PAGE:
High school sophomore Collin Jinks has come a long way since he first started playing by ear on an electric keyboard. The young pianist, who has made it to the featured round in Classical MPR's Minnesota Varsity, has found great success over the past year, winning or placing in numerous competitions.
Most recently, Collin won first place at the La Crosse Symphony Orchestra's Rising Stars Competition on Jan. 17, and as winner of the St. Paul Piano Teachers Association Concerto Competition, Collin will perform his winning concerto with the Mississippi Valley Orchestra on Feb. 22.
Collin Jinks was just seven years old when his Korean grandmother purchased a synthesizer as a Christmas present for Collin and his two younger siblings. One of the default songs on the machine was from The Lion King. "I would just play it and push the keys along and kind of put the puzzle pieces together and match it up," he said.
By the time he was seven, Collin started taking lessons from a teacher named Solvay Peterson. Peterson recognized his talent and eventually knew when it was time to move him to a more advanced teacher. Then, just last year, he realized that he wanted to take his training even further and began studying with Jo Anne Link of Crocus Hill Studios, which trains a number of young musicians bound for competitions.
According to Link, Jinks is a natural pianist. "He has a tremendous gift and a tremendous desire to play," she said. He's also naturally sensitive and is able to communicate his love of music and piano through his playing. "He's just a dream to work with," said Link.
According to Collin's mother Tina Jinks, Collin has grown tremendously since he began studying with Link just over a year ago, and her son agrees. "I've never played like I have prior to being with her," Collin said.
Jinks has long considered a potential career as a concert pianist, but he knows that's a really tough profession. "I definitely want to explore performance as a career," he said. He's made sacrifices, such as giving up baseball, because he didn't want to harm his fingers. He still enjoys photography, however, taking pictures with his Nikon of nature, people and "anything that involves experimenting," he said.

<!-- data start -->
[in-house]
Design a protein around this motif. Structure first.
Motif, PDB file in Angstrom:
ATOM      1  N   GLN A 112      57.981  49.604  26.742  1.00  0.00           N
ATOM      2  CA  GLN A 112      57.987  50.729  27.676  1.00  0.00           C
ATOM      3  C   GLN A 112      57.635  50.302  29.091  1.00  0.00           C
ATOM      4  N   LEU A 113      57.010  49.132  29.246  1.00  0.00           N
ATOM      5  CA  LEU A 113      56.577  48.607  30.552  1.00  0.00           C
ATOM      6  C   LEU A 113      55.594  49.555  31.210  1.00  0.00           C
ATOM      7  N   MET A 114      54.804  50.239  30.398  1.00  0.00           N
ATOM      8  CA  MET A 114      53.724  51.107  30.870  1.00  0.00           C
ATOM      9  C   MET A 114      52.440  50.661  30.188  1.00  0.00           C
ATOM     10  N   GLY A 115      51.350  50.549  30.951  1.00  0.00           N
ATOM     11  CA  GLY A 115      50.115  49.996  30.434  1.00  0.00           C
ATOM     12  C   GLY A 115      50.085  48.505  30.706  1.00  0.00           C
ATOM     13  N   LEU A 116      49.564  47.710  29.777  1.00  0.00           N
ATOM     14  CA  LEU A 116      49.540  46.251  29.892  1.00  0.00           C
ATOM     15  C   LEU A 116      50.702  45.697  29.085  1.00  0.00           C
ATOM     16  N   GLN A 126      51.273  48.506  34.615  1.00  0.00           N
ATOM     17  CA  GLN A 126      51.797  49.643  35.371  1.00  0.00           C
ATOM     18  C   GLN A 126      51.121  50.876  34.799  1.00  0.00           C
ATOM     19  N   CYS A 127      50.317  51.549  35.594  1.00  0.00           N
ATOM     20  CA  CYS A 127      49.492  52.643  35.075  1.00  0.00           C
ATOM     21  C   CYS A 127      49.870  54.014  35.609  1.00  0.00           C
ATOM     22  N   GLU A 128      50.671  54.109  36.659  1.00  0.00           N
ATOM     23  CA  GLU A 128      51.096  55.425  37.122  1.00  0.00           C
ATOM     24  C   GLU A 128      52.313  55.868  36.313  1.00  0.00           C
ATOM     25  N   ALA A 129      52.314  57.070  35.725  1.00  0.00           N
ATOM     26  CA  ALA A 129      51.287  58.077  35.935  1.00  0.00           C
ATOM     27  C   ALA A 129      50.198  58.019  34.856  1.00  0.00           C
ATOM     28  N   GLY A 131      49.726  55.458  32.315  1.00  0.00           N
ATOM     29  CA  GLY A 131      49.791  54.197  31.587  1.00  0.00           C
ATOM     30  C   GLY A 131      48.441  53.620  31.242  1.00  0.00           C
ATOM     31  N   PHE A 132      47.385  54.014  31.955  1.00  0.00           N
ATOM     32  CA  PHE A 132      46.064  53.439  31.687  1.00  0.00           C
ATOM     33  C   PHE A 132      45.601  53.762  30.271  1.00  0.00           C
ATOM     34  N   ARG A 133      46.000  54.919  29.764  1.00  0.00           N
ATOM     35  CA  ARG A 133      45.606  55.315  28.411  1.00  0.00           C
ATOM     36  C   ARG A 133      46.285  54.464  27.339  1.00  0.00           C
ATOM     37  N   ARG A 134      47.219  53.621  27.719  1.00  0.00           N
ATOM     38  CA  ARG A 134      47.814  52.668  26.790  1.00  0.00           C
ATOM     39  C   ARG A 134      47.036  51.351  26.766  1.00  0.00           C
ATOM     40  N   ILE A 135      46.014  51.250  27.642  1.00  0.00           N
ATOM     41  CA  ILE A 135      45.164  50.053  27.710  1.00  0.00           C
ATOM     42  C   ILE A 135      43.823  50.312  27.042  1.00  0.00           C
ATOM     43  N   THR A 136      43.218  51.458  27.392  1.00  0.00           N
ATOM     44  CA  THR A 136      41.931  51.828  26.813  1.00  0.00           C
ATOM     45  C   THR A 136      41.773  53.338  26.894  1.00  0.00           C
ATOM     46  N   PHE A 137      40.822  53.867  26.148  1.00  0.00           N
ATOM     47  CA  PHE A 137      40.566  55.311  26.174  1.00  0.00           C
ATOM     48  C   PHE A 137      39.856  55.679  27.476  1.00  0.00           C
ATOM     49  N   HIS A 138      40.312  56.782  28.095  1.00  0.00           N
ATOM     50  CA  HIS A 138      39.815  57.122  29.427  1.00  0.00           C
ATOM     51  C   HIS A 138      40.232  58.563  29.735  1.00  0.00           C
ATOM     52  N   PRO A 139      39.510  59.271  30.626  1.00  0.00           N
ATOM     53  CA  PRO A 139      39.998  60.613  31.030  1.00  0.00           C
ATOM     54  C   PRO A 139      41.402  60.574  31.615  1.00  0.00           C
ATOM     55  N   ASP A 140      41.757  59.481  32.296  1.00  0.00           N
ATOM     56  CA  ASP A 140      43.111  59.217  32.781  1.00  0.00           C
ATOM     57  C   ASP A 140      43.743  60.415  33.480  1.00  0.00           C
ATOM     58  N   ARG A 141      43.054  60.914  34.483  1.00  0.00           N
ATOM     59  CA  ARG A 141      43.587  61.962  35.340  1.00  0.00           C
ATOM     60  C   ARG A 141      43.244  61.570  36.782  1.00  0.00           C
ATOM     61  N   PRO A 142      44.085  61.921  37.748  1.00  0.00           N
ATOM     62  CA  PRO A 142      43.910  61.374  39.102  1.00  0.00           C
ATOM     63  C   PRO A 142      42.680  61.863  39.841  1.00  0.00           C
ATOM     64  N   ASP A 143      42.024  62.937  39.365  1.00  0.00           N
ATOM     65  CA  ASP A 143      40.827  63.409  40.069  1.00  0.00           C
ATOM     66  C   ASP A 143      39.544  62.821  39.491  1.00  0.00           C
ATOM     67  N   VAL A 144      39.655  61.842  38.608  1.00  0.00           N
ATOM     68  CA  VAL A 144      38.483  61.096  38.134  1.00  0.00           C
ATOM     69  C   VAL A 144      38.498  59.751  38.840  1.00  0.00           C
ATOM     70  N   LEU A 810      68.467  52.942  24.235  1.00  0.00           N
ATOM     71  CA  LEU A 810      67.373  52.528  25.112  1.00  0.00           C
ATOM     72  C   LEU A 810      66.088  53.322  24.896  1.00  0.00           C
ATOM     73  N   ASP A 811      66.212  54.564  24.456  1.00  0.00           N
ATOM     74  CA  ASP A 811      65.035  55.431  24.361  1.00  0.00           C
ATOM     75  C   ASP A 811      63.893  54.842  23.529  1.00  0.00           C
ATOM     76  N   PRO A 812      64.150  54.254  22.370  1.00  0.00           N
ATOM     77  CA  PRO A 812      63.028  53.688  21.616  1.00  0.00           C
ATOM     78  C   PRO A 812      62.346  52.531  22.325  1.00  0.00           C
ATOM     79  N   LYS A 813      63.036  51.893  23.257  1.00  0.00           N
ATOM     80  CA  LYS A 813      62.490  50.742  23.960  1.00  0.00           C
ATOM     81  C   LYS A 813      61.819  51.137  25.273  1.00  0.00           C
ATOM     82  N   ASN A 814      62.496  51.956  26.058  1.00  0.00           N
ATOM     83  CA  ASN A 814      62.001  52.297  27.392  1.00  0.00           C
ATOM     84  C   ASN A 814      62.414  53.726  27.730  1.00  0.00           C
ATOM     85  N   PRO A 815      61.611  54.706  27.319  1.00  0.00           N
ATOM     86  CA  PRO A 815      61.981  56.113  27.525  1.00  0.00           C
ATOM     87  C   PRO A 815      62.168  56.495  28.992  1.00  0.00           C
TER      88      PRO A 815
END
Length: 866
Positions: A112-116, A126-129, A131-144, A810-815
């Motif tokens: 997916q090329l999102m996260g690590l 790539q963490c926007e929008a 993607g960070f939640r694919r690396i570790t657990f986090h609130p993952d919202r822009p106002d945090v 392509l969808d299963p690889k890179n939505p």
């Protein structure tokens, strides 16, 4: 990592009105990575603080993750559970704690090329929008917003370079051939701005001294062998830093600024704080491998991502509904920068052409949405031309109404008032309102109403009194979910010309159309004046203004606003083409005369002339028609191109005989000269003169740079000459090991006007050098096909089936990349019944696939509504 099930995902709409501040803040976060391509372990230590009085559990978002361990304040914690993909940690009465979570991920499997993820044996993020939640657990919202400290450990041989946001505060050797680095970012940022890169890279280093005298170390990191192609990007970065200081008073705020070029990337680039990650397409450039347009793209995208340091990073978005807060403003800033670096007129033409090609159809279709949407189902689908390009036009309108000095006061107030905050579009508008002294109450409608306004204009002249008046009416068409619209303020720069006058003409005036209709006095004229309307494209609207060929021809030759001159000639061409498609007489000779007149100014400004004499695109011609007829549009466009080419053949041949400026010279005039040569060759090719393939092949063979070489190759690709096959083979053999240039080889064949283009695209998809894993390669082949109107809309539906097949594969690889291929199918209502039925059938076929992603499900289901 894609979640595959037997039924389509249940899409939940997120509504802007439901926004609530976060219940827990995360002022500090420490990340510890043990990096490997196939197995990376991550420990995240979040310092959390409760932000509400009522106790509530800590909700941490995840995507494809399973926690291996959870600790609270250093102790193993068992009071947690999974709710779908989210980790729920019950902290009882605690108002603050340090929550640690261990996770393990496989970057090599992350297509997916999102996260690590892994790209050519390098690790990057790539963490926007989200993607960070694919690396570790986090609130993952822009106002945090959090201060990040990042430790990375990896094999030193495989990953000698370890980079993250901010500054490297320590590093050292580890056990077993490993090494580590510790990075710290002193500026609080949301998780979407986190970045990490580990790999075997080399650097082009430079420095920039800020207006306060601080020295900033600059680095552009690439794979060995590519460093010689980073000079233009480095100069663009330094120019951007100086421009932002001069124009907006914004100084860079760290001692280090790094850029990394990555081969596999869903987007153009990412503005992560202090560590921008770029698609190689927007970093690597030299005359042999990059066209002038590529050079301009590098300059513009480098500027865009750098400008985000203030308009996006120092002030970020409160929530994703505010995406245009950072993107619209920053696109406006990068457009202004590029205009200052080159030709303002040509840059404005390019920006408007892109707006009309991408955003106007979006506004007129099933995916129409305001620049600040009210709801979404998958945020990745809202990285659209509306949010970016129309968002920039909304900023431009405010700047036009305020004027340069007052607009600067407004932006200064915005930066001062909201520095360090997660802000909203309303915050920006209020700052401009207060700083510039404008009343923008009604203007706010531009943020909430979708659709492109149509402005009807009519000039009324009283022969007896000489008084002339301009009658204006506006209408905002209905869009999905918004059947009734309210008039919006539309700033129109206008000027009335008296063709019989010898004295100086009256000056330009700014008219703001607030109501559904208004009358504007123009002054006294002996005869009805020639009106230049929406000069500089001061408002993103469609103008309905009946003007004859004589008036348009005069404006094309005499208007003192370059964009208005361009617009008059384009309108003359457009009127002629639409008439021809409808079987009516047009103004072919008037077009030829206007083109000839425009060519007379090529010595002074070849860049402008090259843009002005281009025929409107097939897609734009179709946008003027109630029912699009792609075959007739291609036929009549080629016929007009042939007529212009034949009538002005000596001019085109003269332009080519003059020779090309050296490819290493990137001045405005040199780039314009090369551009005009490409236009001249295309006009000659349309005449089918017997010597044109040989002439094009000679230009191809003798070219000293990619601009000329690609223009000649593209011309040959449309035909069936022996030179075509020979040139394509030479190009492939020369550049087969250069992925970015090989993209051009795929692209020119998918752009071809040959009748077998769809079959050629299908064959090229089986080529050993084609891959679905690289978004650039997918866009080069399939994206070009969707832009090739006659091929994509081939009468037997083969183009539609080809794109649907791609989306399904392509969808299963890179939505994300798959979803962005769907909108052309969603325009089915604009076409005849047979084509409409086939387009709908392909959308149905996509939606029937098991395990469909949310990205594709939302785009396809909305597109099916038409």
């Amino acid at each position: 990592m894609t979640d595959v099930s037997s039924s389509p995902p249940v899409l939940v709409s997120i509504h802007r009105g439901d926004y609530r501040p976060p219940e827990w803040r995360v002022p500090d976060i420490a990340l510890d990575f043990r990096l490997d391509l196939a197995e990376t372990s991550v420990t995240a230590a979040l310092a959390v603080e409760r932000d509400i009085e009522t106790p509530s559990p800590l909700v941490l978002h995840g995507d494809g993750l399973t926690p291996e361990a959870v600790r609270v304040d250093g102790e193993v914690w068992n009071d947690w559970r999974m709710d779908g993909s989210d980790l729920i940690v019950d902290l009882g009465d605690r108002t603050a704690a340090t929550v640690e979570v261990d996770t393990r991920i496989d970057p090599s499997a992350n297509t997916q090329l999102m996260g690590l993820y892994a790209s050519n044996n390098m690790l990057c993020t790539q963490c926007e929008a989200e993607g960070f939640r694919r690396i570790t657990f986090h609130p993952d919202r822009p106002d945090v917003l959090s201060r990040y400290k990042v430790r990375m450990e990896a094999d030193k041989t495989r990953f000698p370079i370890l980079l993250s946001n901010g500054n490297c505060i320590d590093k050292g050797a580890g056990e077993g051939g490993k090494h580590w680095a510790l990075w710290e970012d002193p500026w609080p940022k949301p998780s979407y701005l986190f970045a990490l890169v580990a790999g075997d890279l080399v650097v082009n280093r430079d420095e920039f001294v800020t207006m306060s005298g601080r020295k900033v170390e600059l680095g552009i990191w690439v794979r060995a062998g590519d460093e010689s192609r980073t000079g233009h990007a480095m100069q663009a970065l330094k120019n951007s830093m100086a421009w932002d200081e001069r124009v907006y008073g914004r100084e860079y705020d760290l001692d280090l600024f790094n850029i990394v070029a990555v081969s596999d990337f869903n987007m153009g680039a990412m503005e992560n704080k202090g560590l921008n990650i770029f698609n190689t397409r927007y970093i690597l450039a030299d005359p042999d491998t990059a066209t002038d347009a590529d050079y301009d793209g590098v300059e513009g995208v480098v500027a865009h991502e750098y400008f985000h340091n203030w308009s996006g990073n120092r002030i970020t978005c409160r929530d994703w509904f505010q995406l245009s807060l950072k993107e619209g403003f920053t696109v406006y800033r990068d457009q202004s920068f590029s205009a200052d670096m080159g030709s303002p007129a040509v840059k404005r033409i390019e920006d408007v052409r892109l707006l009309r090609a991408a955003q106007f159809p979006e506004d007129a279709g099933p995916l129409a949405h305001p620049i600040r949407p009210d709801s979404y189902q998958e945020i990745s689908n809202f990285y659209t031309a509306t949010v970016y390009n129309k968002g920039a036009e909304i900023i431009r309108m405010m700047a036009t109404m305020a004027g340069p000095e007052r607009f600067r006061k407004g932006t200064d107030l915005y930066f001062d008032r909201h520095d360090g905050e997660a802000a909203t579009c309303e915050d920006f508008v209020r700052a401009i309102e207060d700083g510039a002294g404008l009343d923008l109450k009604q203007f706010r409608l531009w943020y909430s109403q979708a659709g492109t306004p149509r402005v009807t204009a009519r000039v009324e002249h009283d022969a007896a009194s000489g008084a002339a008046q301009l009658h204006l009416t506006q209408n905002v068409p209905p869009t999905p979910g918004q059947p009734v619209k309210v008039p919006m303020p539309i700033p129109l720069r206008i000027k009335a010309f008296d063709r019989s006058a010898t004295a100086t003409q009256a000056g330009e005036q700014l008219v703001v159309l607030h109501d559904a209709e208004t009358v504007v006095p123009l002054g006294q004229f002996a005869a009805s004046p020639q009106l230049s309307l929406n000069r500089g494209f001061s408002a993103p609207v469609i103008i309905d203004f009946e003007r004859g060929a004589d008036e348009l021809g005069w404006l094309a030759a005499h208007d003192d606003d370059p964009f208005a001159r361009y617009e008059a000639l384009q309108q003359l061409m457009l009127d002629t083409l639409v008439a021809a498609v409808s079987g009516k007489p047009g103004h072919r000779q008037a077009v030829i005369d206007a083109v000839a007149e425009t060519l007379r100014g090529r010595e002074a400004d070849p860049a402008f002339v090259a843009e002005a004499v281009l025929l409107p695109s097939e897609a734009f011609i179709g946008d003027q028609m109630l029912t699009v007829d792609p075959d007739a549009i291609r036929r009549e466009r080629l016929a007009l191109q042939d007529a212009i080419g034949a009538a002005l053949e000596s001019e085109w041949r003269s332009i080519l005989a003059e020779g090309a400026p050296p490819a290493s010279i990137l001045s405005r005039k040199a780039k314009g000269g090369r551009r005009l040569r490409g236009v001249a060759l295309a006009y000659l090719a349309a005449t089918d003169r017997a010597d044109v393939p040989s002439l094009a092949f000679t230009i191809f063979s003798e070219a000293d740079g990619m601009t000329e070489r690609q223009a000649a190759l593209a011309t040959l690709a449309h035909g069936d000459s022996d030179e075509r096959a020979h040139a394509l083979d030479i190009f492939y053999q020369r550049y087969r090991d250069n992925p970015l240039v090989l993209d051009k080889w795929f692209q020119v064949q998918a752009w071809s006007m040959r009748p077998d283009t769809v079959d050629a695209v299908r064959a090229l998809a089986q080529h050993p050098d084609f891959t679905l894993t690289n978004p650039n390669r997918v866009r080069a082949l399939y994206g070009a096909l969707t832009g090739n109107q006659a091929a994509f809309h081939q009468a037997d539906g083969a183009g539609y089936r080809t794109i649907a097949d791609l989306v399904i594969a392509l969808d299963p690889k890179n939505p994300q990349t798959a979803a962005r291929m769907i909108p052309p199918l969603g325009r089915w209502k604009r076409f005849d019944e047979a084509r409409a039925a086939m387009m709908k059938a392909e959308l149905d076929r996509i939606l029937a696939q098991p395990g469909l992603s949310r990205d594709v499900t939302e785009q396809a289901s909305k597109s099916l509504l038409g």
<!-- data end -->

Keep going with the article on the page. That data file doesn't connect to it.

Jinks finds something spiritual about playing the piano. "It's so empowering for me and I love it beyond belief," he said. "It's a liberating experience."
On Feb. 14, Jinks heads to Classical MPR's studios to record for the Minnesota Varsity competition. He entered last year with a Schubert impromptu piece, but didn't make it into the featured round. He had more luck this year with Franz Liszt's Hungarian Rhapsody. After further judging and an online vote, five young musicians from the featured round will be selected to appear at the Fitzgerald Theater on April 19.
For the Mississippi Valley Orchestra concert on Feb. 22, Jinks will be playing the first movement of Beethoven's Piano Concerto No. 1. "I've always been a huge fan of Beethoven," Jinks said. "It's spirited and so energetic." While it has fewer notes than something like a Rachmaninoff concerto, Jinks thinks the simplicity of the Beethoven actually makes it more difficult. "You're so exposed on stage," he said.
According to Brian Jewell, board member and violist for the Mississippi Valley Orchestra, this is the 18th year that the orchestra has featured the winner of the St. Paul Piano Teachers Association concerto competition in their spring concert. He says that every year he's blown away by the talent that the young people deomonstrate.
The Beethoven piece that Jinks will be playing, Jewell says, is one that not many members of the orchestra have played. It will be part of a concert that also includes Howard Hanson's Symphony No. 2 and Jim Pugh's Concerto for Trombone, with soloist Doug Wright from the Minnesota Orchestra. The concert will be held at First Lutheran Church in Columbia Heights on Feb. 22, at 4:00 p.m.
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